Few restaurants have received as much pre-opening buzz as Nick Badovinus‘ highly anticipated Off-Site Kitchen. As a fan of his work at the Neighborhood Services ventures, I’m not ashamed to admit that I was as giddy as a school girl every time a shred of news regarding its opening surfaced. Naturally, when Off-Site Kitchen did open, 98% of the blogosphere rushed to see what kind of magic Badovinus and crew had been brewing up for all those months, and appropriately, nearly every food writer got right to work gushing about it all over the internet. And honestly, it deserved every bit of praise that has been thrown at it.
Now that some of the early chatter has started to simmer down a bit, it seems only appropriate to express my love for the humble, working-man’s menu at Off-Site Kitchen, particularly through praise of one of my favorite items on the menu board, the 48-hr cracked pepper brisket sandwich. It took a few visits to be able to mentally pry myself away from their excessively delicious burgers, but when I was finally able to take the plunge into non-burger territory, my efforts were so handsomely rewarded, I no longer fear to stray.
The brisket sandwich’s core is, of course, a bed of tender, fatty brisket, slow cooked for 48 hours, dripping seductively with rendered fat and meat juice, and flavored subtly with spicy cracked pepper. The chopped beef is stuffed inside a soft white roll, along with melted Swiss cheese and caramelized onions. Shredded lettuce, tomato and a cherry pepper mayo provide the finishing touches on this exquisitely constructed sandwich. The cheese envelops the hot beef and onions, providing a creamy richness to the salty brisket. The tomato and cherry pepper mayo provide a surprisingly tangy sweetness that counters the cheese and beef perfectly. While eating one, it takes everything I have not to run away and hide in some remote cave, gently cradling this sandwich in my arms, rocking back and forth, calling it “my precious.” It’s magical.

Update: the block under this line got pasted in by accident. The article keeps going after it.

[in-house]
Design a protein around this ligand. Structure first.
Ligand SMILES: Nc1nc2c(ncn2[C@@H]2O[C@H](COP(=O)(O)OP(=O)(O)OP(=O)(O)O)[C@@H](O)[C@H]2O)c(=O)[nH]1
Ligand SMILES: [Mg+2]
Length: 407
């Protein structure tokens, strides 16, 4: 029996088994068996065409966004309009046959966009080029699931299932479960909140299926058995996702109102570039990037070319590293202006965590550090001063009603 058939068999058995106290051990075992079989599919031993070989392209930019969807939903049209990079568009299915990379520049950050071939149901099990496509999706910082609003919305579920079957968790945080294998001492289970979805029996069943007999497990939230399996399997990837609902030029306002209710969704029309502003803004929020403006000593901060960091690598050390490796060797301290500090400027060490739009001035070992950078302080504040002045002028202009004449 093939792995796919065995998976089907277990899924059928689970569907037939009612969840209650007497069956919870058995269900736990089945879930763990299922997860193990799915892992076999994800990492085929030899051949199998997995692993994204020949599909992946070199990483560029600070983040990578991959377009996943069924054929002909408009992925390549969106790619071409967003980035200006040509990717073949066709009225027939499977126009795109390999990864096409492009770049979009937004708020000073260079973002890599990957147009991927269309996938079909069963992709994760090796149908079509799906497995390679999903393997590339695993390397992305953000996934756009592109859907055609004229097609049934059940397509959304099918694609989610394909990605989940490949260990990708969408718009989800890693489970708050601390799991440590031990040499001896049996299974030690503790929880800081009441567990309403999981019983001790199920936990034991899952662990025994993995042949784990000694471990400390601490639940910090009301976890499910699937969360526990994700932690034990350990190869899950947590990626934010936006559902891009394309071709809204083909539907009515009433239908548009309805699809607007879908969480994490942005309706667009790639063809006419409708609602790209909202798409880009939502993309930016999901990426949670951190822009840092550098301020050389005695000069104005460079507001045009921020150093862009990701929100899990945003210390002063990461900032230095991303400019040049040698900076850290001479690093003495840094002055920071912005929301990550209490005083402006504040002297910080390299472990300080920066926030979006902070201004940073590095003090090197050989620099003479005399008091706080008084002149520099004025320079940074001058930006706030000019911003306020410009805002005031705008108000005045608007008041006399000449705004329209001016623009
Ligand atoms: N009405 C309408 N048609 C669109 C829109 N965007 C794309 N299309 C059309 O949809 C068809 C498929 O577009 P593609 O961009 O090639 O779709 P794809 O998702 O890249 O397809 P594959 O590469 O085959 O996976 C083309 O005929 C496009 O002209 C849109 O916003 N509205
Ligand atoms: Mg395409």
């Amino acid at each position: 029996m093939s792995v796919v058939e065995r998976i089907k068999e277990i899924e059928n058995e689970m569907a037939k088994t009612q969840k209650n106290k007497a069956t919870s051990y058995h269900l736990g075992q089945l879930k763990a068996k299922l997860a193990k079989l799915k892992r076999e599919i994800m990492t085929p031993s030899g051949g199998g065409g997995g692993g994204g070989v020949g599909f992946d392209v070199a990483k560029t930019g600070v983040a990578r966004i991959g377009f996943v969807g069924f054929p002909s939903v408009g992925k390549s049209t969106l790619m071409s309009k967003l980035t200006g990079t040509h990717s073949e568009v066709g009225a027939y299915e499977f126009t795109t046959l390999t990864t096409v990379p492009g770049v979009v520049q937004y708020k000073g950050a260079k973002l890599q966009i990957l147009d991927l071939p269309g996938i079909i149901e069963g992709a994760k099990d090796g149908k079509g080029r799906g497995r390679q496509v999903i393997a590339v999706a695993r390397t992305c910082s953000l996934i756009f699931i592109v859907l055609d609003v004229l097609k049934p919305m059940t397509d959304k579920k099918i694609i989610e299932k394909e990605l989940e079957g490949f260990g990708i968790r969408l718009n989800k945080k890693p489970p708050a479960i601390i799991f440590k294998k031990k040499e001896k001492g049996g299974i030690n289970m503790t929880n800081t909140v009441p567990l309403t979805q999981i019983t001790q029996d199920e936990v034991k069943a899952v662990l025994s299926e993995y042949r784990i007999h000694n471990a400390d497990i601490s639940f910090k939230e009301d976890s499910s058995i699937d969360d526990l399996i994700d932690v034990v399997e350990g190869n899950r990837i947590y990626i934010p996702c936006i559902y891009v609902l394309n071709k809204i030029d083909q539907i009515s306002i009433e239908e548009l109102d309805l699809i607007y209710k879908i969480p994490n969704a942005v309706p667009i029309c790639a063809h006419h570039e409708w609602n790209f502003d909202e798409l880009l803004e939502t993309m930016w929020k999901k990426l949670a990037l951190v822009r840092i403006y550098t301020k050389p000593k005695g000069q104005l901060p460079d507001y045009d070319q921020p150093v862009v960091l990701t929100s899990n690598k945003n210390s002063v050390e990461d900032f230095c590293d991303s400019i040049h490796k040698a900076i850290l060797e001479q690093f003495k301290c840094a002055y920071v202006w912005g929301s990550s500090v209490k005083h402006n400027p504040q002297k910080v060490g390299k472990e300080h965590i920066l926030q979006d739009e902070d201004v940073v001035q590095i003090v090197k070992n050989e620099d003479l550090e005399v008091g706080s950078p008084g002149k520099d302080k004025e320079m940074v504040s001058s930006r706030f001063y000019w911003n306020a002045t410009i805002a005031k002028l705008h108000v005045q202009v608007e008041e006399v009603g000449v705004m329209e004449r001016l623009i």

If you haven’t visited Off-Site Kitchen yet, what the %&$# are you waiting for? It’s humble, understated location and surrounding industrial sprawl only emphasize that Badovinus has truly created a diamond in the rough. It is also telling, and speaks to Nick’s character and concern for his restaurant’s success, that every time I have eaten at OSK, Nick, himself, is in the kitchen, slinging burgers and dropping fries (which, by the way, are my favorite fries in the city) into hot oil with the rest of the crew. He knows how to cook for the working man, because the dude IS one. My hat’s off to you, sir, and all of your fine crew.